The Game: Link wanders the kingdom of Hyrule, attempting to defeat the minions of the evil Ganon and trying to gather the weapons, tools, and items he will need to free the kingdom. Most vital on his quest is the recovery of all the pieces of the magical Triforce, the most powerful force that can be brought against Ganon. But as each piece is recovered and each part of the quest is completed, the next leg of the journey is even more difficult. (Nintendo, 1987)
Memories: If Super Mario Bros. and the Donkey Kong series hadn’t already marked the arrival of Shigeru Miyamoto as a master video game designer, the deal was sealed with the arrival of The Legend Of Zelda, which was a game-changing entry in the adventure genre, to say the very least. Zelda was the title that finally blew down the door and gained wide acceptance for adventure games that couldn’t be finished in a single sitting. Prior to this, adventure games had a niche audience, but tweaking the conventions and expectations of the genre and putting it on a console instead of a computer made Zelda a winner.
Before Zelda, the vast majority of deep adventure games were on computers, and tended to be turn-based: basically, a computer-moderated take on pencil-and-dice RPGs a la Dungeons & Dragons. Turn-based computer RPGs such as the Ultima series and Tunnels Of Doom followed the conventions of non-computerized RPGs; the Ultima games introduced a time limit, giving players a pre-defined window of time for entering commands before the computer-controller enemy’s next turn would be initiated. There were attempts to bring the conventions of RPGs into a real-time setting with such titles as the Apshai games, but Zelda made waves by cramming a computer-sized adventure into a cartridge for the NES.
Nintendo knew it had a potential hit on its hands, but as role-playing games in general had a somewhat checkered image in the U.S. (i.e. the great Dungeons & Dragons “Satanist” scares of the ’70s and early ’80s), Zelda was rolled out as an action game in special packaging that completely broke with the “house style” established by previous NES releases. A national television advertising campaign in the U.S. made it impossible not to know that Zelda was coming, though the ad campaign downplayed the game’s dramatic/adventure-oriented elements by playnig it safely goofy (a Zelda-themed rap performed by the two whitest kids Nintendo’s ad agency could possibly have found). Zelda originally appeared in 1986 on the Famicom Disk System in Japan; the year-and-a-half gap between that initial release and its appearance in the English speaking world is evidence that Nintendo was treating this game with great care.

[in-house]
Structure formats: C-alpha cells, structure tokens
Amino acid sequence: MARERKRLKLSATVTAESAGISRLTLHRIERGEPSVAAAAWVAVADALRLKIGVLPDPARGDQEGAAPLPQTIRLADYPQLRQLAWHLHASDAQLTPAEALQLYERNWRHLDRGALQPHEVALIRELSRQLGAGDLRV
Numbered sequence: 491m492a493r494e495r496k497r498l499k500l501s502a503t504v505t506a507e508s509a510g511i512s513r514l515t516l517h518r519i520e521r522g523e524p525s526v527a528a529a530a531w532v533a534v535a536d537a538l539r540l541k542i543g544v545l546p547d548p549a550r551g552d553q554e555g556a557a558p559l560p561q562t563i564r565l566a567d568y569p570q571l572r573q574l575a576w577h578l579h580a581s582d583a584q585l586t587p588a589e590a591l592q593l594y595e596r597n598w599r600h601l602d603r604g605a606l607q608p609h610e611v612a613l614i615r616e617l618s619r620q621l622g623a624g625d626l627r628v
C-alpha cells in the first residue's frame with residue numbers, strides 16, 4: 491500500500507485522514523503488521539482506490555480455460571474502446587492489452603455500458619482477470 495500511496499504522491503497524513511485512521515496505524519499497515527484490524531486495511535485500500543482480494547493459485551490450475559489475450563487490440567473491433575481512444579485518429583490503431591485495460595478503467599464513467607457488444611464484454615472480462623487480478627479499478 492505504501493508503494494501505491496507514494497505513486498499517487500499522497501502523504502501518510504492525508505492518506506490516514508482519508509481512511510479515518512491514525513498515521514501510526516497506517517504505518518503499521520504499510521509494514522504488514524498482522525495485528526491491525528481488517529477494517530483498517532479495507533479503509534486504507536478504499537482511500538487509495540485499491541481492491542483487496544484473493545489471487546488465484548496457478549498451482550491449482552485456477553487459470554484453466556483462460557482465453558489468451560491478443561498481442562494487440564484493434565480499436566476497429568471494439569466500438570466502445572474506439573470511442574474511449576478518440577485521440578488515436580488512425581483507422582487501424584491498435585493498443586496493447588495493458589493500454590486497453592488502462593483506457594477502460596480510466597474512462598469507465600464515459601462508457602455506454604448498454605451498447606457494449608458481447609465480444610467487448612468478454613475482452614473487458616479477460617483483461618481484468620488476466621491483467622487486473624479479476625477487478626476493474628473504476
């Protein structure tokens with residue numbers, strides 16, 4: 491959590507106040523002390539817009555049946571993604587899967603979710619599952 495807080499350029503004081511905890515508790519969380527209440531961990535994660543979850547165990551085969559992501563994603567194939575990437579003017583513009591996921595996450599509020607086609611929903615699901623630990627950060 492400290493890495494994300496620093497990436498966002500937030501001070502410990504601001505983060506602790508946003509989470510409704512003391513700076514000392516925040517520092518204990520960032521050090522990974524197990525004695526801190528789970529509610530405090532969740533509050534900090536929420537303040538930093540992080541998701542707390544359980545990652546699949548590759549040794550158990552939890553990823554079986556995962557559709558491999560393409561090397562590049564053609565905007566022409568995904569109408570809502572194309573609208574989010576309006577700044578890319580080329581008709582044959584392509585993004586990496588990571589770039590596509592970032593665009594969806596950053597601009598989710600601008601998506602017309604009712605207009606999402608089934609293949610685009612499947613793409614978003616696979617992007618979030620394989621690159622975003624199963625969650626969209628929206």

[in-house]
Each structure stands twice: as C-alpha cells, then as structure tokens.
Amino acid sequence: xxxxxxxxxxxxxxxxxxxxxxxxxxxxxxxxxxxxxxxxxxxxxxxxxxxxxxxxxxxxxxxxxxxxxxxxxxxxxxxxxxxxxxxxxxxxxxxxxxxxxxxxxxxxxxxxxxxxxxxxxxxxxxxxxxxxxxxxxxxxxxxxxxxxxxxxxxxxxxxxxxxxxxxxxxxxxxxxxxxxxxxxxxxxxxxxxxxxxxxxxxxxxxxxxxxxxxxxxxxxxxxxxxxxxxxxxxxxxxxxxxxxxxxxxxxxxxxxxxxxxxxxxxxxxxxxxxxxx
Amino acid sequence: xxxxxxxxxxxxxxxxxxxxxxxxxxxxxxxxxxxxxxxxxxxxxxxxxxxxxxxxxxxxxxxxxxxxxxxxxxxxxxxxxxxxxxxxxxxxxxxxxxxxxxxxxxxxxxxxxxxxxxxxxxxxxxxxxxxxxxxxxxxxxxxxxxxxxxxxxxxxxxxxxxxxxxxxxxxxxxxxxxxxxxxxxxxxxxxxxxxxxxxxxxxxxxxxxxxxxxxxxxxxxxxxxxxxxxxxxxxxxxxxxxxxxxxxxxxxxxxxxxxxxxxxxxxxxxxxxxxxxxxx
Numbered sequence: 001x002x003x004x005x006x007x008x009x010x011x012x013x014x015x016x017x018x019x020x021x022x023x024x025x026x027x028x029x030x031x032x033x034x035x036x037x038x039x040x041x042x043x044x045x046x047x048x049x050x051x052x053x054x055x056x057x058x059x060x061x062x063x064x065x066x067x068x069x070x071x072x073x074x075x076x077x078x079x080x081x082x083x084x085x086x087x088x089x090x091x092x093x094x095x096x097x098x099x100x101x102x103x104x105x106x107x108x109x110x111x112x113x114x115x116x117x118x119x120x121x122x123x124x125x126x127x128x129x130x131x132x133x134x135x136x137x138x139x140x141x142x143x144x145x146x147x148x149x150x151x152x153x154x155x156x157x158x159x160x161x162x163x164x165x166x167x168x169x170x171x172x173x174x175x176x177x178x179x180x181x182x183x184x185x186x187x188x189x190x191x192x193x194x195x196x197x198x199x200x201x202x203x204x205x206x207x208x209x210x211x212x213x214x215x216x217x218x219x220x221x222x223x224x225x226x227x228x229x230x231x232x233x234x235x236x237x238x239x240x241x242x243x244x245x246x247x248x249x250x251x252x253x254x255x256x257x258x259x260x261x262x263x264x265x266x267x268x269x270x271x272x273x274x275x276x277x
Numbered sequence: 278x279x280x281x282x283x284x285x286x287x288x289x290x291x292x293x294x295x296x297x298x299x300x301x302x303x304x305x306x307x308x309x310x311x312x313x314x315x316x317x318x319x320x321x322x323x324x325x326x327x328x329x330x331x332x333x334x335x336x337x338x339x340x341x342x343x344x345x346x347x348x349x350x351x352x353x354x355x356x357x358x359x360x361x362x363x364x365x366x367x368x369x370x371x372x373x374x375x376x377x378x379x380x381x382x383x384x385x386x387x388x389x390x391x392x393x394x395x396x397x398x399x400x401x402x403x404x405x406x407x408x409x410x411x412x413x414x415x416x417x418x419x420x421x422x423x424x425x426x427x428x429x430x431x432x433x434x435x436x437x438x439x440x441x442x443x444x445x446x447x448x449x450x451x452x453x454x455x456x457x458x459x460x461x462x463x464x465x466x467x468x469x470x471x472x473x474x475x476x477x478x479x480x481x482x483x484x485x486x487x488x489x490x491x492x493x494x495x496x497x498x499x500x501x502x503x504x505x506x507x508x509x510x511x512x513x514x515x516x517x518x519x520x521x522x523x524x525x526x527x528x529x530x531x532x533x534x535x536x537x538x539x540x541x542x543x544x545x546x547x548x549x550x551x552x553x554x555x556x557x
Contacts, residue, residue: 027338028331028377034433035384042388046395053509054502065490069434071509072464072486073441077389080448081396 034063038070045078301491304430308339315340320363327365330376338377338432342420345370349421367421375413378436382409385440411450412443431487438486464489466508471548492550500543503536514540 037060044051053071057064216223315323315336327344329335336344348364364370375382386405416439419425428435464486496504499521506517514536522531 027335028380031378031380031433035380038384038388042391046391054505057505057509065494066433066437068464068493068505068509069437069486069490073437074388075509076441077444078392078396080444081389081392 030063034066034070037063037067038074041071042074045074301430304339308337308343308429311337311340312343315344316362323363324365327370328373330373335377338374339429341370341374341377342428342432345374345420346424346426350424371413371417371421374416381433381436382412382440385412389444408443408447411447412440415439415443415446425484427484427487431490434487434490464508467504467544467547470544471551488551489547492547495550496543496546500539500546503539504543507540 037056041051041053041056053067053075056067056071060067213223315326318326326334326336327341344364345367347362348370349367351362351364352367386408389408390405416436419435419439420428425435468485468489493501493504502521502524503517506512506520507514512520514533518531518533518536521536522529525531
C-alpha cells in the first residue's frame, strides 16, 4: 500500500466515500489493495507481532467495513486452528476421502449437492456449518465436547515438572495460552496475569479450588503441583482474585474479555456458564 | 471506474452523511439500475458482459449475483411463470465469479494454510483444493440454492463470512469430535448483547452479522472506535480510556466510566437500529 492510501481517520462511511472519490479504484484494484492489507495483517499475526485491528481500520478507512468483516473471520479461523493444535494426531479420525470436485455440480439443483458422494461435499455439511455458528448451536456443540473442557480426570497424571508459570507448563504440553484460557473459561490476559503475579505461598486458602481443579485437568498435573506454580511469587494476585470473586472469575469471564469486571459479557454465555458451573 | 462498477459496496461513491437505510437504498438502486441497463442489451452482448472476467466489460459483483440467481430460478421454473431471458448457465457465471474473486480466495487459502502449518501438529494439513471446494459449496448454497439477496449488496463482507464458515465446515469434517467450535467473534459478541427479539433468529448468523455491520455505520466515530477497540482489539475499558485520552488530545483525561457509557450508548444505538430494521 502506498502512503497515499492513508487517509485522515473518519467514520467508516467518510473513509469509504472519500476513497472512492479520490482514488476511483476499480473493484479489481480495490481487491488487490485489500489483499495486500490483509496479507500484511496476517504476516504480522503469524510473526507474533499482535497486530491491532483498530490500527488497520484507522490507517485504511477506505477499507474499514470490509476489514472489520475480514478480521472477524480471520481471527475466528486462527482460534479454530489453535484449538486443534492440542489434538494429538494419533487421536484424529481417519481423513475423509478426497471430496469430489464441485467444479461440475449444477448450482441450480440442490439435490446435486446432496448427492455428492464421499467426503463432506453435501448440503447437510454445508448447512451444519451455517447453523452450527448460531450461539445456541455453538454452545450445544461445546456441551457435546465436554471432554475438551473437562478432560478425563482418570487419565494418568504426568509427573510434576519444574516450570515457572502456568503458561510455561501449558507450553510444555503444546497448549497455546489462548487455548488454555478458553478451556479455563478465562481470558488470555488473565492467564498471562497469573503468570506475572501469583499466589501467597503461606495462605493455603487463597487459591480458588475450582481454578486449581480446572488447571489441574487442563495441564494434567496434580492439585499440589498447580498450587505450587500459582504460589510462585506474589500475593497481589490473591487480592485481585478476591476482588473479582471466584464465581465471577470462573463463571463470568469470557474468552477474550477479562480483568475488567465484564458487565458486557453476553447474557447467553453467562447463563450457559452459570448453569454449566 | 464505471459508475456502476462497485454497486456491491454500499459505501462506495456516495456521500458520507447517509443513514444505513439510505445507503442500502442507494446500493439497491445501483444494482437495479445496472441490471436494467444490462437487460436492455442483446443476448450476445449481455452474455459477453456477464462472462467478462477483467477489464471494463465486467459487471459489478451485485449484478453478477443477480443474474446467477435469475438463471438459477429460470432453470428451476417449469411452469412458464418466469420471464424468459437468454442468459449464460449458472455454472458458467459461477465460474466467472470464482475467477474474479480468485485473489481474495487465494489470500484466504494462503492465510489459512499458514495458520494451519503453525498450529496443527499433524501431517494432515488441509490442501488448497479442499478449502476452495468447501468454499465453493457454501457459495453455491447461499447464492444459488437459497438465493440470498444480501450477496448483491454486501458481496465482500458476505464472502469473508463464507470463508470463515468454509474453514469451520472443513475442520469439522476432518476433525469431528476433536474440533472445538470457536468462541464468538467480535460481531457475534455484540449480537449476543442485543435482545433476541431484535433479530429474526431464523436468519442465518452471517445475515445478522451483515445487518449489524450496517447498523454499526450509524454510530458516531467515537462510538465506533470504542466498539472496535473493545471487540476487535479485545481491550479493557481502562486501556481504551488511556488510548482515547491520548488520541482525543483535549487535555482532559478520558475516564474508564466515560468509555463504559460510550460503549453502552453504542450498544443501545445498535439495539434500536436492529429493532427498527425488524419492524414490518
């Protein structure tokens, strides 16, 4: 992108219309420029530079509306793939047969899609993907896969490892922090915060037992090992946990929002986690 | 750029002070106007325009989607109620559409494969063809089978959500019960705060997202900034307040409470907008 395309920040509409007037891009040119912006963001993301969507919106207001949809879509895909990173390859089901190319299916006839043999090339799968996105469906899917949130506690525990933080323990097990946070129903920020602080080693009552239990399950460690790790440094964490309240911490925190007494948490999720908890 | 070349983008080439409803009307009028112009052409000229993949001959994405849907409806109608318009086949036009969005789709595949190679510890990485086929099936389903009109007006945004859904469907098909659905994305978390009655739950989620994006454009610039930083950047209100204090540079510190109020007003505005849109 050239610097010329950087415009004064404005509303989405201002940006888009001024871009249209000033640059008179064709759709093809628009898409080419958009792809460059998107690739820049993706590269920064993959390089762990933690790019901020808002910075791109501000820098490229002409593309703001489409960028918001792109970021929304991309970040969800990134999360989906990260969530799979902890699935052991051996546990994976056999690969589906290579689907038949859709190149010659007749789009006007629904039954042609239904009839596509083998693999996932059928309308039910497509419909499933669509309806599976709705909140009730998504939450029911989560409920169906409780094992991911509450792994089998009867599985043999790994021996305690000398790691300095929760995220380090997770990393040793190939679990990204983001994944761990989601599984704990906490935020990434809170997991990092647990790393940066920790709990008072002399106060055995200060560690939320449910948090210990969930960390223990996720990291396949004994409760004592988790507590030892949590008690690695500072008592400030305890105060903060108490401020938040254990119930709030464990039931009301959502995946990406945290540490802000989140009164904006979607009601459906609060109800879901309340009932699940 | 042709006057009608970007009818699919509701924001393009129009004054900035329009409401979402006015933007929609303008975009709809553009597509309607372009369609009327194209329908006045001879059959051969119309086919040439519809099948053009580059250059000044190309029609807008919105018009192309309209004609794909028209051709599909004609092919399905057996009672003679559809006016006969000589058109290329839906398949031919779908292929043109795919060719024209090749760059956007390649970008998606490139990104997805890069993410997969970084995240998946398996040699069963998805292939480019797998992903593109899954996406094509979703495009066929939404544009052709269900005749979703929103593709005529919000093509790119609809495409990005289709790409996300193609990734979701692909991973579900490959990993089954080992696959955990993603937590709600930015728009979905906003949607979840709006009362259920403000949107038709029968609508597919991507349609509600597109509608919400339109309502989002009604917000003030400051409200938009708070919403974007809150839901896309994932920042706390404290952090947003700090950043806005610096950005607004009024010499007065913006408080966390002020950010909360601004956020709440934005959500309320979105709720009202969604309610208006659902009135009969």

Nintendo also borrowed from the playbook of adventure game publishers who had made a splash in the early ’80s: a telephone “help line” charged by the minute for hints to help players extricate Link from seemingly impossible situations, and – shades of Infocom – hint books were commercially available, helping to kick-start the strategy guide craze. The Legend Of Zelda was a deep enough game that players needed these helpful hints, even if they had to pay for them. The remora-and-shark economy of video game strategy guides had begun in earnest.
And if he wasn’t already, Zelda producer Shigeru Miyamoto, who had already brought great success to Nintendo in the form of Donkey Kong and Super Mario Bros. was now officially a game design superstar. Composer Koji Kondo, also a Super Mario alumnus, created one of the all-time great video game theme tunes for Zelda, one that has proven infinitely adaptable and scalable (full-orchestrated symphonic recordings are not uncommon; neither are big band and ska interpretations). And, of course, offshoots of Link’s story have provided endless spin-off games, to say nothing of an animated series, toys, and other merchandise. The Legend Of Zelda is one of Nintendo‘s three major tentpoles (along with Super Mario and Pokemon).
By moving computerized RPGs away from the stat-sheet-obsessed nature of their paper-and-dice forebears, and pushing the action from turn-based into real-time, The Legend Of Zelda rewrote the DNA of an entire genre…and rewrote the already-burgeoning success story of the company that spawned it. That it’s an addictively good game into the bargain is what makes it one of the all-time greats.